Film Reviews


By • May 14th, 2010 •

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IN MY SLEEP provides an introduction to filmmaker Allen Wolf– director, screenwriter, and co-producer. It’s an ambitious opener for a young hyphenate, but he might have done better to just begin with the old-fashioned job of scenarist.

In Wolf’s debut feature, Marcus Turner, played by Philip Winchester, is seen leading a pleasantly unencumbered, laid-back bachelor life. During the day, he’s a popular masseur working at the small Los Angeles day-spa belonging to his best friend Justin (Tim Draxl); after hours, whether alone or with Justin and his wife, Marcus tends to be happily cruising for women. He’s been regarding himself as harmlessly out for a good time, and is happy to utilize his charm and good looks to hook up with a stream of one-night stands. Lately, however, he’s worrying that he has no recollection of some of them. And as these amnesia-blackout periods escalate, he’s jolted one morning to wake up with blood in his bed, though apparently not his own.

Marcus has been concerned that he may have the makings of a sex addict, concerned enough to enroll in an AA-style confessional group. But his amnesia leads him to a doctor who guesses him to be a parasomniac: he may be sleepwalking and engaging in acts beyond the range of most sleepwalkers. Pills don’t help, and unlike Ambien-takers who simply walk and snack in their sleep, his awakenings are progressively more upsetting, though mysterious — an unremembered sexual encounter, a bloody knife, mileage on the car. What is he doing — or what is being done to him — during these blank intervals?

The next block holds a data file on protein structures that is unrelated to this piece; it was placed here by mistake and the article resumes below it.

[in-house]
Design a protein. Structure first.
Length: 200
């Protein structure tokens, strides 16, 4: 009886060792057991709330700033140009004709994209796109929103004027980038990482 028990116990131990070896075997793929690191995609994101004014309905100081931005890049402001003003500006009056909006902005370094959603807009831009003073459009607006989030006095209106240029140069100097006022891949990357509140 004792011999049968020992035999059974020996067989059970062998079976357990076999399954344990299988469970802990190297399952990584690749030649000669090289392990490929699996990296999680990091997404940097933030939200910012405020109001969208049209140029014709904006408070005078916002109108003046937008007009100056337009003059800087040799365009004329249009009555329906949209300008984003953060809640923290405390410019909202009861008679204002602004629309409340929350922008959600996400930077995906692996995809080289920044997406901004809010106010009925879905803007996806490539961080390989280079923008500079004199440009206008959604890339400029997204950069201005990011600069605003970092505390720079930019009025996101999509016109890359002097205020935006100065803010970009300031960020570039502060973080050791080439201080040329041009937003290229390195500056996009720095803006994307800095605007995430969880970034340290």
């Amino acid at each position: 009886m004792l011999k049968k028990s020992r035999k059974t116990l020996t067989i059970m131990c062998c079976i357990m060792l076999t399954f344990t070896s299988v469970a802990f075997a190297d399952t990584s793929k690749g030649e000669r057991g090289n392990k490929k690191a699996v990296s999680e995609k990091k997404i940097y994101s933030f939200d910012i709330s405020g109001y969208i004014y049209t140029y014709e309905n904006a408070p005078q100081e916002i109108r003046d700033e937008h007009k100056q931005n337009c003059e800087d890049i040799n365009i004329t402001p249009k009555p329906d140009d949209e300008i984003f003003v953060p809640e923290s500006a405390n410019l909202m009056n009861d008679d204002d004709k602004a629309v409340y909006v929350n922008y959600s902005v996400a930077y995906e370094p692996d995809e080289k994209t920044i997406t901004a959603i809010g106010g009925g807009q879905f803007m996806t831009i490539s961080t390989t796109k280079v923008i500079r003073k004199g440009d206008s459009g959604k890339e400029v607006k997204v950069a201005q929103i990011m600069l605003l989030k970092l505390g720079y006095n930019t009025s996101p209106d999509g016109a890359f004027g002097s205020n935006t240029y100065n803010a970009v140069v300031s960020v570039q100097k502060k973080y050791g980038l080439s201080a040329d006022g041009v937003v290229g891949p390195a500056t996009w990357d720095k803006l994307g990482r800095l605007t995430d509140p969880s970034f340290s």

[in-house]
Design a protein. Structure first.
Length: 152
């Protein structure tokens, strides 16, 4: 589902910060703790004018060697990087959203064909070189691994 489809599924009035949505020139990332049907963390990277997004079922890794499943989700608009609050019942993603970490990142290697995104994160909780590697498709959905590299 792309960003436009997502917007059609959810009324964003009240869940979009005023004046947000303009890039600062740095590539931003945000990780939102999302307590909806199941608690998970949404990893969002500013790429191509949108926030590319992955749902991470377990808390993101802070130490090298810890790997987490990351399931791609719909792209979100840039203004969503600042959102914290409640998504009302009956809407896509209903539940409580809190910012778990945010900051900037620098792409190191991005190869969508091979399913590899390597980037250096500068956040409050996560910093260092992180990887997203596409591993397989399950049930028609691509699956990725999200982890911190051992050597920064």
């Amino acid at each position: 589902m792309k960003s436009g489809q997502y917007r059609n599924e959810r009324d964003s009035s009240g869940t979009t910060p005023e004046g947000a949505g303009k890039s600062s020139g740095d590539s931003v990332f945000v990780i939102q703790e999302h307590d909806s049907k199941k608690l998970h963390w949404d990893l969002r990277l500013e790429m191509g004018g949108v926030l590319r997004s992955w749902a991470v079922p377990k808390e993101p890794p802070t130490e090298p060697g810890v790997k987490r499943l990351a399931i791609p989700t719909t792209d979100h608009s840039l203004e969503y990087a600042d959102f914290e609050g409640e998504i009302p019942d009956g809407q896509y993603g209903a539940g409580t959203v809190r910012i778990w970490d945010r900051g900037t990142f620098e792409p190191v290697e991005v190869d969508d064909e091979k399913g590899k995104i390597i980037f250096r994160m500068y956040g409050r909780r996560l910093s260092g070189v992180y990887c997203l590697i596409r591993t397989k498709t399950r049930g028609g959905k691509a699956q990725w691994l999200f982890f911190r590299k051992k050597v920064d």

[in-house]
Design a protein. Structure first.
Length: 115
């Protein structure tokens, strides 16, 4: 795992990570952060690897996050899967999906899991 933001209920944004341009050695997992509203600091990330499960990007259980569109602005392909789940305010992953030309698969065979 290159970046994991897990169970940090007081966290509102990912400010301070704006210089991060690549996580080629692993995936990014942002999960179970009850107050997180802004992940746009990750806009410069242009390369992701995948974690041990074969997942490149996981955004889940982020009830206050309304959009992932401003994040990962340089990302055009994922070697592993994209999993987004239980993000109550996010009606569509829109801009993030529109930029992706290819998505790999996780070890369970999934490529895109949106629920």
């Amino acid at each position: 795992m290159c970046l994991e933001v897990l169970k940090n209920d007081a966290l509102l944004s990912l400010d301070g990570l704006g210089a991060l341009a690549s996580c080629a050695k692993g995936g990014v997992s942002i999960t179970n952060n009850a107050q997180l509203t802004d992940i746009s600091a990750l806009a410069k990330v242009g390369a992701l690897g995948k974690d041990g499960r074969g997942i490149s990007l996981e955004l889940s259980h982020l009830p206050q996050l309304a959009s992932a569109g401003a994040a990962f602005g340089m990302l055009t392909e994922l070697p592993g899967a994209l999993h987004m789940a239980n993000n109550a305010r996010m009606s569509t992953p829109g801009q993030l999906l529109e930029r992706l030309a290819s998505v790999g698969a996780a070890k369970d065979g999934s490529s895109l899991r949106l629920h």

The film picked up an audience award in Ft. Lauderdale, but this is no flash of wunderkind brilliance. A plot-driven psychological thriller, there’s enough to hold the attention of an undemanding viewer, and some good moments of suspense. The cast is pleasant but often somewhat bland, with the handsome Philip Winchester spending more screen time in a state of undress than any contemporary character in memory, including Matthew McConaughey’s roles. It’s a creditable maiden effort, but still often clumsy and amateurish. The movie has the feel of a filmmaker who went directly into film school and then into filmmaking, with no experience of a broader world beyond television and movies. Everything seems derivative.

After the initial bloody wake-up call, when the story begins with a flashback to several weeks previous, one has the uneasy feeling of watching a descendent of the 2000 film MEMENTO. There’s even an occasional whiff of the television program, “The X-Files” (“I need to know the truth”). But this film, lacking MEMENTO’s lapidary structure, piles on complications and red herrings to excess. By the time it rolls around to its resolution, one is left feeling cheated.

The worst is a painful reference to Alfred Hitchcock, as the word “knife” is echoed over and over again, harkening back to 1929’s BLACKMAIL. It’s an ill-advised misstep, serving as a reminder of what a true master can do, coincidentally at the time when Hitchcock was the same age as Wolf, in his late 20s. Perhaps if he avoids trying to wear all three hats, he’ll have a better chance to develop.

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